Health concerns trump finances for younger boomers nearing retirement: Poll

Caregiving role can impact stress levels, hours worked

As they approach retirement, Canada's younger boomers (aged 50-59) are focusing on health concerns over finances, with 70 per cent ranking changes to their physical health highest on the list of top challenges they expect to face as retirees, according to an RBC poll.

Finances ranked a distant second, with 57 per cent expecting changes to income to be a challenge during retirement. Within these rankings, men (73 per cent) are particularly concerned about changes to their health, compared to women (66 per cent), found the 2013 RBC Retirement Myths & Realities Poll.

"Younger boomers are more health-conscious as they near and enter retirement. Watching their older relatives and friends age has made this generation more aware that good health is not something to take for granted," said Amalia Costa, head of retirement strategies and successful aging at RBC. "What they aren't yet as aware of, however, is that health issues of their loved ones may have an impact on their retirement plans — not only on their finances, but also in terms of time commitment and emotional stress."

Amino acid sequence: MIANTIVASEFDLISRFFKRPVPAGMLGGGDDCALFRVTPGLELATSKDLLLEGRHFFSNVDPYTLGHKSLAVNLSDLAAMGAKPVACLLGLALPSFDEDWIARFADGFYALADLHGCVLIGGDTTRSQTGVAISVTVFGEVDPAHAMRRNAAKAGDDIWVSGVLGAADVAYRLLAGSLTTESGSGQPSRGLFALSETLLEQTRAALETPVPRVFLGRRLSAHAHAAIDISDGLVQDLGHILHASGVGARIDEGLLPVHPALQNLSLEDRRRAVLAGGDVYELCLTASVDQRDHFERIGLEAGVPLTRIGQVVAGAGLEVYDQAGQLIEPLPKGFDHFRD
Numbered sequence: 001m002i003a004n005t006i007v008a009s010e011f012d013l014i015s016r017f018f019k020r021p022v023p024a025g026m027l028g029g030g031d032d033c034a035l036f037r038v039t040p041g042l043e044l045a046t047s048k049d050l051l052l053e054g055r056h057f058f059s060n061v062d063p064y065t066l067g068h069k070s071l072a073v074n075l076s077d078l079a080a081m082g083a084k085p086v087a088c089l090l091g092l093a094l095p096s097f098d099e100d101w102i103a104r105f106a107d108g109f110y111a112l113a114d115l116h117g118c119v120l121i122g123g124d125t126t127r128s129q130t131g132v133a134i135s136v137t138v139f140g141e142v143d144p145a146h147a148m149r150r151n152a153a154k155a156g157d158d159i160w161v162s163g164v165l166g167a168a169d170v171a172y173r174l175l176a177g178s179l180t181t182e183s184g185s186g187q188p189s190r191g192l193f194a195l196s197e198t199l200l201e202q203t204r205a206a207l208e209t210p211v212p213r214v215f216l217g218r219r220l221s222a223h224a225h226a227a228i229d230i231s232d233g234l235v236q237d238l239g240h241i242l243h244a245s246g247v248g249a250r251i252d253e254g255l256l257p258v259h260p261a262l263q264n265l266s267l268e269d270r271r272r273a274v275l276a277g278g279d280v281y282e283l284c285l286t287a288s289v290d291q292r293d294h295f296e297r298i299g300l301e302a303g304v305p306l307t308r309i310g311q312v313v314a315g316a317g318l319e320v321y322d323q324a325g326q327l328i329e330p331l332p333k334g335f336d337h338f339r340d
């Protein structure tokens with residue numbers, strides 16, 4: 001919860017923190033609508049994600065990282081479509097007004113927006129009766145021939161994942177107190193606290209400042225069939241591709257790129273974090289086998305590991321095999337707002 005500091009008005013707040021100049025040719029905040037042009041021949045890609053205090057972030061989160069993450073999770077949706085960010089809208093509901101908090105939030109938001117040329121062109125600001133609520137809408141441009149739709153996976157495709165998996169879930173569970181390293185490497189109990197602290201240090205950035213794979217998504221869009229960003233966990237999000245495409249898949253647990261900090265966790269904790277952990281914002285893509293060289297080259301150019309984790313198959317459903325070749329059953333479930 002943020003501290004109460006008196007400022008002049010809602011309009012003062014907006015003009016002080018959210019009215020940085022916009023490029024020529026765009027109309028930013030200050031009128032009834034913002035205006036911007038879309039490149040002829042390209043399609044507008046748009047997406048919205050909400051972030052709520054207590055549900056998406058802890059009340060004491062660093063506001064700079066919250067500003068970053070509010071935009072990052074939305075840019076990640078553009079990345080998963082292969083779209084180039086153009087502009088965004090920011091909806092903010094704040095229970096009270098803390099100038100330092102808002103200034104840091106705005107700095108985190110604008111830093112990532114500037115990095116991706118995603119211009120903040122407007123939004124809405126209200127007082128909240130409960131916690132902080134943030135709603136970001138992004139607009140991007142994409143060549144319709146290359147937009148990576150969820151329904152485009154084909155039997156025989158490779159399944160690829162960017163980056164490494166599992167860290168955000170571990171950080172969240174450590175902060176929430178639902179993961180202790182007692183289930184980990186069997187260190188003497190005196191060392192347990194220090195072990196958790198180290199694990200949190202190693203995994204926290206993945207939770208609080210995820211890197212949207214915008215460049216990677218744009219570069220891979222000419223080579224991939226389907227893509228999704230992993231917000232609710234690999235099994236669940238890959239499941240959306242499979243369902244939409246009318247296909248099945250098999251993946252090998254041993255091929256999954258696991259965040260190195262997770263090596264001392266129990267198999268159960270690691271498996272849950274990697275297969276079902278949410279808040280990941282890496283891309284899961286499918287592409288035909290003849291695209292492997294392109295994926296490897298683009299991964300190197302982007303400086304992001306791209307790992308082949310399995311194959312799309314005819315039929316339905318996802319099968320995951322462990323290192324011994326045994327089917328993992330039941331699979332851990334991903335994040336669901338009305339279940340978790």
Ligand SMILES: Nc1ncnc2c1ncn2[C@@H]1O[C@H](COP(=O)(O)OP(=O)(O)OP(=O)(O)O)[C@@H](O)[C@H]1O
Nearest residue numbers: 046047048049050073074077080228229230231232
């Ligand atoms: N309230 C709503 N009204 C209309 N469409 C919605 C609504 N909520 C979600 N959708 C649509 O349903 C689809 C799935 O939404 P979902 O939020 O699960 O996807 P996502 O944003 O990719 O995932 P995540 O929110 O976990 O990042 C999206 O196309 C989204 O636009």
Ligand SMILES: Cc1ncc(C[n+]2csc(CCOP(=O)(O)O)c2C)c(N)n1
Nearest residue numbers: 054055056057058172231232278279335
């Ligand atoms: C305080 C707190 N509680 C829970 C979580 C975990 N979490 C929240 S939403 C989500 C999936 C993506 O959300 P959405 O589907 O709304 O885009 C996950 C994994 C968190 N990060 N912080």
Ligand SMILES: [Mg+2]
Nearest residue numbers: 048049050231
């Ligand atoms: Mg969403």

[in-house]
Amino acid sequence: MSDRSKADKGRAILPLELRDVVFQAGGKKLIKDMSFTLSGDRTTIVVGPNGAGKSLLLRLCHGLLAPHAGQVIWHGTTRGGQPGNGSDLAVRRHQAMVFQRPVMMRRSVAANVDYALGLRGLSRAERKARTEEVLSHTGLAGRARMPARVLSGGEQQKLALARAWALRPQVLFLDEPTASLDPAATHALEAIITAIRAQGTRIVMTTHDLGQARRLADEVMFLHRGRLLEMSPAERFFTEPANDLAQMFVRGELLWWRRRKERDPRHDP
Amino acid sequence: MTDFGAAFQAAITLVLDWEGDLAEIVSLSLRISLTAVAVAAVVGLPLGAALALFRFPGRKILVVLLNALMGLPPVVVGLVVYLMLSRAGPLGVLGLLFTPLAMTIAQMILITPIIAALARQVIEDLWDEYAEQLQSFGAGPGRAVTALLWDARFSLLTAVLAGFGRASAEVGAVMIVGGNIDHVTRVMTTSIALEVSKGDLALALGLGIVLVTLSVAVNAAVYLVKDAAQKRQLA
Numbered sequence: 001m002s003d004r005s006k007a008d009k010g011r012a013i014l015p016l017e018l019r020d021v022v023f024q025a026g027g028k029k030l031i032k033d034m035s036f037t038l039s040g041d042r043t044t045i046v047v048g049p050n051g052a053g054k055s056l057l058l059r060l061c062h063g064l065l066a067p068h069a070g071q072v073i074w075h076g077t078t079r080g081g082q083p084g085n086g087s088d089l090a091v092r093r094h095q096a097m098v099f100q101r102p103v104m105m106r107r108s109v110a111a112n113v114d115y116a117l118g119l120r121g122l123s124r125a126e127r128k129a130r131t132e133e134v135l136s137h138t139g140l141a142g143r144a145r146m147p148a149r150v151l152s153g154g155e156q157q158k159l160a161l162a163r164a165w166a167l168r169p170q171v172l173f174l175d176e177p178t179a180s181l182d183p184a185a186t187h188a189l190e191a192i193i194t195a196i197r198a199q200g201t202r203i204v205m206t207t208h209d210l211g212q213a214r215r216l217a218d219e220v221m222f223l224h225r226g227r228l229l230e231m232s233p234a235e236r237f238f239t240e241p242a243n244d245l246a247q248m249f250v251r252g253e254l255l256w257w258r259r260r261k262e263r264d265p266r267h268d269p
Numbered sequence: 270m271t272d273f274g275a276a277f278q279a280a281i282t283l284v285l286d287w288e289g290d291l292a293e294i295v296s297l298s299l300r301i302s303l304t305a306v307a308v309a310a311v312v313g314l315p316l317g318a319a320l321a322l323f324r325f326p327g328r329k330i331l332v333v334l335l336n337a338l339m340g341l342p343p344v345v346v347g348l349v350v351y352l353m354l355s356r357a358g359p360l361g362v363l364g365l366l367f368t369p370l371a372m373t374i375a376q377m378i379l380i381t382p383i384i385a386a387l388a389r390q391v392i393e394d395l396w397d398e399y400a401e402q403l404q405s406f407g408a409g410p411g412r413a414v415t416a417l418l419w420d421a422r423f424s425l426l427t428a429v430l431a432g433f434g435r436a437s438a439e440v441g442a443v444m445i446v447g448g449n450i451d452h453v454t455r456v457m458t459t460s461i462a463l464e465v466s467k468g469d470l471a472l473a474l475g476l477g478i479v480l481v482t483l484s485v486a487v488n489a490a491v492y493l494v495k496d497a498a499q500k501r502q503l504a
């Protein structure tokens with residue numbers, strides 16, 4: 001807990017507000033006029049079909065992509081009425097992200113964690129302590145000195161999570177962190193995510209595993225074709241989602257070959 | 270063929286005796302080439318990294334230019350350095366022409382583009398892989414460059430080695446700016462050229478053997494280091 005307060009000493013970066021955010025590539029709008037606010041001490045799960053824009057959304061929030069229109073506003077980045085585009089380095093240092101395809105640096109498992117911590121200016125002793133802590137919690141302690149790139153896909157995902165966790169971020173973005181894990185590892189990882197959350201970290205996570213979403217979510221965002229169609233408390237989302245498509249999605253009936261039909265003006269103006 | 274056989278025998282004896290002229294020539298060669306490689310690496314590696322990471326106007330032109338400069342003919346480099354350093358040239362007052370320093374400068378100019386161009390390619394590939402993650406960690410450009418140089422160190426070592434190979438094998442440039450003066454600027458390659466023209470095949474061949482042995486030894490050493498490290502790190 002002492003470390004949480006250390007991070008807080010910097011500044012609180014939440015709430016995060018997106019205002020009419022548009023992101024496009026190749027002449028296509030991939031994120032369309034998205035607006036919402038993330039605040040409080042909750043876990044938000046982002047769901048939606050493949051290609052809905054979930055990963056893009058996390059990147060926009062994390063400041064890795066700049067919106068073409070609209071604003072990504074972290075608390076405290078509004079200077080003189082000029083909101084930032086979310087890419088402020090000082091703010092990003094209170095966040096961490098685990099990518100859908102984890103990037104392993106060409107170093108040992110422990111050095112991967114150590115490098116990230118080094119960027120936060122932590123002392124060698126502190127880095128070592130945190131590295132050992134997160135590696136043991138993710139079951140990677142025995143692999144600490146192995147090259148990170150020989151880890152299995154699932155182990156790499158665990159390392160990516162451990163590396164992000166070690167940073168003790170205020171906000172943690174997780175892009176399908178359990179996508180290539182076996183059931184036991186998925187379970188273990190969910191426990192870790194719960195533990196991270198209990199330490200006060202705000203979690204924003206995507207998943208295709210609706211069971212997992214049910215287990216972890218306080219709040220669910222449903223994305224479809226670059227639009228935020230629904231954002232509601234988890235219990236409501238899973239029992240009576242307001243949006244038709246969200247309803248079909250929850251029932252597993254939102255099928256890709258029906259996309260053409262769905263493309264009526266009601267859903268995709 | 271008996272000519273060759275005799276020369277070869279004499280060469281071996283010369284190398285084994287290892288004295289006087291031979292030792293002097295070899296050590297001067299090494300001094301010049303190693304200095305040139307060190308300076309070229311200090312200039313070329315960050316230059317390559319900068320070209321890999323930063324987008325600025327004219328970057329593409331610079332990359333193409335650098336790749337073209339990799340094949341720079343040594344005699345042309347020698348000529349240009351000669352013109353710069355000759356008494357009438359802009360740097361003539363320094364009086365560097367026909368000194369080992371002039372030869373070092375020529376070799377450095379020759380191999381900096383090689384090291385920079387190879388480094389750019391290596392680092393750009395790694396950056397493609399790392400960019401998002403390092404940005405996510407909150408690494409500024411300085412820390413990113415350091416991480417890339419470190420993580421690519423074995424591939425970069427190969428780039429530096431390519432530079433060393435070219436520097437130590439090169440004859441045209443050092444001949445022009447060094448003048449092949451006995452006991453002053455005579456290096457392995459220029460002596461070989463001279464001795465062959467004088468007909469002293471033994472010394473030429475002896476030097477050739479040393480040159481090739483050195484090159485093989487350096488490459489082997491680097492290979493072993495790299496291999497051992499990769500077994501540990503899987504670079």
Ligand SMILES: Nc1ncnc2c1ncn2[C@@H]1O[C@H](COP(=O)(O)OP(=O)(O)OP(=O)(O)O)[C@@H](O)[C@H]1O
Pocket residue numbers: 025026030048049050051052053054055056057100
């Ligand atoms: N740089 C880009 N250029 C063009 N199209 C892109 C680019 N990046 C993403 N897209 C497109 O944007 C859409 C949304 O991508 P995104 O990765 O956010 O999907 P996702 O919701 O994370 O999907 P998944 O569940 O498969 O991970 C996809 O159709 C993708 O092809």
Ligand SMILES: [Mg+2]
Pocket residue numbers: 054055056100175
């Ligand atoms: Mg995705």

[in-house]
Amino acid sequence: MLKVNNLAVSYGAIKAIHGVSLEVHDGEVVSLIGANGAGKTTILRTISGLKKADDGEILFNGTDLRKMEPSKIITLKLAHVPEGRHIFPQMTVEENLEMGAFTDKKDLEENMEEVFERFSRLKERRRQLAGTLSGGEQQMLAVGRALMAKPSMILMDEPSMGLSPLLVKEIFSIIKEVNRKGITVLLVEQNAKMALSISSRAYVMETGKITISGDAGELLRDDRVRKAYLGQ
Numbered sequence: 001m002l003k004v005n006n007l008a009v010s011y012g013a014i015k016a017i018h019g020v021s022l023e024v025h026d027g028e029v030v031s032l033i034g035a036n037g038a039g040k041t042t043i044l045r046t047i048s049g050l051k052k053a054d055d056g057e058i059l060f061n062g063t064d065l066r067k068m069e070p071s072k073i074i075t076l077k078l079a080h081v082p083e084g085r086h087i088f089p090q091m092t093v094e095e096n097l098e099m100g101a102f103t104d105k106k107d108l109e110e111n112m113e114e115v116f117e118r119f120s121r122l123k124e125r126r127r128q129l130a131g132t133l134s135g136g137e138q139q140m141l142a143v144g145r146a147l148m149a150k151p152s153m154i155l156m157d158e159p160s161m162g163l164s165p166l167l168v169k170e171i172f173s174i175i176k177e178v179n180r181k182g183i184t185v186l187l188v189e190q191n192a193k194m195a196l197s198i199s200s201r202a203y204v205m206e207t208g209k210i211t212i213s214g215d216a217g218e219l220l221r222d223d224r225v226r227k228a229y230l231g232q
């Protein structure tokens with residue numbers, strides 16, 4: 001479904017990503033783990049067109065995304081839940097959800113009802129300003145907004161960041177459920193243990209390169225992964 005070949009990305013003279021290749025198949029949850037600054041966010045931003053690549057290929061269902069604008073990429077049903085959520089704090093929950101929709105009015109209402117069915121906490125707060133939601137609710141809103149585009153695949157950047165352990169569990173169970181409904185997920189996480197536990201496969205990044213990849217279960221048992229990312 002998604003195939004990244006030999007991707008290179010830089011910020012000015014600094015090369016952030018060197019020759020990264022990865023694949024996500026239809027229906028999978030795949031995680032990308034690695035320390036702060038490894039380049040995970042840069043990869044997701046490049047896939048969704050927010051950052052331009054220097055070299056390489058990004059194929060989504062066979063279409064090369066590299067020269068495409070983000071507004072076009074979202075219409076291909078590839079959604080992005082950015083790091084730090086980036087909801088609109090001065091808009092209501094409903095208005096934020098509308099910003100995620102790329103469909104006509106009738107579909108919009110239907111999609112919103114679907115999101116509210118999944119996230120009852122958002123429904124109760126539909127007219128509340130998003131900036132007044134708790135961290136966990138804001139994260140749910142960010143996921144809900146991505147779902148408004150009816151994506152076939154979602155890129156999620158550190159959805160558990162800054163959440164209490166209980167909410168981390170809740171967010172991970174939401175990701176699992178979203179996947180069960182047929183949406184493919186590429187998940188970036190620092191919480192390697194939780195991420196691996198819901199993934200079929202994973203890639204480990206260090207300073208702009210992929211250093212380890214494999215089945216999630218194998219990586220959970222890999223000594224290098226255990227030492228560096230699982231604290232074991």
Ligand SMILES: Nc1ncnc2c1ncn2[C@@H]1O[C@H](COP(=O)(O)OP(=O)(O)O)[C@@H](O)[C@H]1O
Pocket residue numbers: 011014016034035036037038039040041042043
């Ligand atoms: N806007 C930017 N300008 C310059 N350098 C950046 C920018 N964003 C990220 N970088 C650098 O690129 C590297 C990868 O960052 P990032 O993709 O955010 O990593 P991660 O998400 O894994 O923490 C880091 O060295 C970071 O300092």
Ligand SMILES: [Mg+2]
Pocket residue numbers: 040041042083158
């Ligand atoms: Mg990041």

While four in 10 younger boomers don't expect health or disability constraints to ever change their lifestyle or independence, 27 per cent reported that a significant health issue or decline has affected them or someone in their family within the past year. At the same time, 42 per cent said being a caregiver to another adult was a support role they had already performed, were doing now or expected to do in future, found the survey of 2,159 adults aged 50 and over with household assets of at least $100,000.

Some of the impact of that caregiving include:

•a significant increase in stress levels (50 per cent)

•significant out-of-pocket expenses (24 per cent)

•moving/making accommodation changes (18 per cent)

•reducing the number of paid hours worked (15 per cent)

"Caregivers nearing retirement are often particularly affected, as they can find themselves looking after elderly parents as well as their spouses or partners and other aging family members and friends. It's important for all caregivers to know they are not alone, that there are very helpful resources readily available to assist them,” said Audrey Miller, managing director of Elder Caring.

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